Fantasy Review: The Witchwood Crown by Tad Williams

Sometimes you really can't go home again.

I read "Memory, Sorrow, and Thorn" back in high school, which was 20+ years ago, for those of you trying to do the math. While I don't have strong memories of it, I think I enjoyed it. Otherland didn't work for me at all, but I chalked that up to my not being a fan of the whole virtual reality/gaming/scifi genre. The War of the Flowers was an OK read, but I figured my lack of enthusiasm was due to my preference for epic, multi-volume sagas. In that case, Shadowmarch should have been a near-perfect fit, yet I've been stuck on book 3 for years now. I abandoned it, and return to it, and abandoned it more times than I can count.

Anyway, that brings us back to The Witchwood Crown. I was looking forward to this, but when the read itself seemed to fall flat, I blamed it on the ugly PDF, wrestled onto an e-reader, format. Call me old-fashioned, but when it comes to epic fantasy I like to hold a big, thick book in my hands, flipping back and forth between maps, glossaries, dramatis personæ, and the story. So, I went out and bought the hardcover for myself . . . and have realized now that maybe it's time to stop looking for excuses.

To put it bluntly - and I realize I'm in the minority here - I didn't like it. Honestly. I found this new book to be very slow-moving, with only fleeting moments of excitement. Whether it's something new, or something I blocked from my memory of the original books, the emphasis on the 'new' pseudo-Christian mythology was beyond tedious to the point that it really started to eject me from the narrative. Worst of all, however, I didn't really like any of the characters. As interesting as it was to see Simon and Miriamele grown older, all they've seemed to do is suffer and linger on as royal figureheads. Whatever spark they had in the original saga is sadly absent here. It is Miriamele who bothered me the most, having gone from one the strongest women I can remember in epic fantasy to a sad Shakespearean figure, terrified by dreams, and wallowing in self-pity. Don't even get me started on Prince Morgan, perhaps the most distasteful, most tiresome character Williams has ever crafted.

Actually, when it comes down to it, I found the non-human characters far more interesting than any of the humans. I liked the scenes with the Norns quite a bit, and Binabik and his family provided the only real joy of the read - but that fact itself is problematic. Given a choice between old gods and new, occult power struggles and weak political maneuvering, and . . . well, just about any monster and Prince Morgan, I'm kind of hoping humanity falls, because they just don't seem to be worth saving.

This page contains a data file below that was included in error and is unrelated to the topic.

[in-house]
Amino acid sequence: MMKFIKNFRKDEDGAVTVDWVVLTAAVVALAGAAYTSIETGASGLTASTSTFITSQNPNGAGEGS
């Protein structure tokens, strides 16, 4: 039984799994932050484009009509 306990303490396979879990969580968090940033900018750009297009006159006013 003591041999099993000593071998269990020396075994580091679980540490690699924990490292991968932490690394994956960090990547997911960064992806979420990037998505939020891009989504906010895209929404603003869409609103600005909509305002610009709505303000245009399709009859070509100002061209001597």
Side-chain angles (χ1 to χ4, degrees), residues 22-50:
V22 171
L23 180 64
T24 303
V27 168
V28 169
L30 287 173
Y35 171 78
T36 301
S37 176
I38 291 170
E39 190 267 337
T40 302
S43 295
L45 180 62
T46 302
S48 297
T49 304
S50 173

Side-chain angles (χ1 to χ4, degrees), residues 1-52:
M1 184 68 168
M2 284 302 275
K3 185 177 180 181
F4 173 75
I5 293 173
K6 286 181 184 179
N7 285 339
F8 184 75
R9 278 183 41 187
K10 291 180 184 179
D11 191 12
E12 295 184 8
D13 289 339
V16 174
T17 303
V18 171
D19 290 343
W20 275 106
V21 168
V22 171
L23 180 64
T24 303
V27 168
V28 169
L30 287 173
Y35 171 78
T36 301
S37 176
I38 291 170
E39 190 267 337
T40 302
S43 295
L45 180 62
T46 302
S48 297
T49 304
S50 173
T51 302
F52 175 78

Anyway, I slogged through several aborted attempts to read The Witchwood Crown, ultimately skimmed ahead, and forced myself to finish it, but I really do wonder why I bothered.

Hardcover, 721 pages
Published June 27th 2017 by Daw Books


  1. Ooooh, oh dear. Not a good sign!

  2. Fascinating review! I actually really liked this book but I agree that some sections were just sooooo slooooow. I thought that it was because I haven't read the original books and figured some parts just didn't resonate with me as much. It relieves me a little to hear the same from someone who has actually read the first trilogy, though it does seem like most fans enjoyed this.

    Mogsy @ BiblioSanctum

  3. I guaranteed a copy of this book through First to Read and didn't manage to finish it before my loan expired because I just could not get into it (although I suspected that may have been due in part to the small font on my phone) so I grabbed the audiobook on audible. I haven't listened to it yet though, but this review doesn't give me hope for enjoying the story any more on audio than I did as a PDF. I guess hopefully the audio will surprise me.

    Great review. - Katie


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